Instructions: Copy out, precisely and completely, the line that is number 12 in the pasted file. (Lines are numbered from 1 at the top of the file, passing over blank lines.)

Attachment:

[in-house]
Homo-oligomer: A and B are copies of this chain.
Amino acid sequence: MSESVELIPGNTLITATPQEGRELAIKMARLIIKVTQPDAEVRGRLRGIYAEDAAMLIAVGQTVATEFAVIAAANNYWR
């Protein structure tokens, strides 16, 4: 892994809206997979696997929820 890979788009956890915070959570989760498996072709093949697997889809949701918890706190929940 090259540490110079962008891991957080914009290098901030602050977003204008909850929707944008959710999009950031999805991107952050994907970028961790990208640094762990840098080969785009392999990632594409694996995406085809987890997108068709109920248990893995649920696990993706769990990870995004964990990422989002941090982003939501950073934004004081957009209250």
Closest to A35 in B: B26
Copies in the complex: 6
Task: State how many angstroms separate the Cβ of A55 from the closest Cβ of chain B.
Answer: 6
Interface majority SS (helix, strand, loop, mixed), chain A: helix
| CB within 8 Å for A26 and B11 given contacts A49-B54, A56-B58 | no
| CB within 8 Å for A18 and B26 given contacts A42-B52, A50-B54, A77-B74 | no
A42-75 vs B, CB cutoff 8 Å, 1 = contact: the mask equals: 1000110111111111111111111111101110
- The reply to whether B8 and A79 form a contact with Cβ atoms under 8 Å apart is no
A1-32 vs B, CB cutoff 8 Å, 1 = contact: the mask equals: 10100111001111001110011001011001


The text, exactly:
A42-75 vs B, CB cutoff 8 Å, 1 = contact: the mask equals: 1000110111111111111111111111101110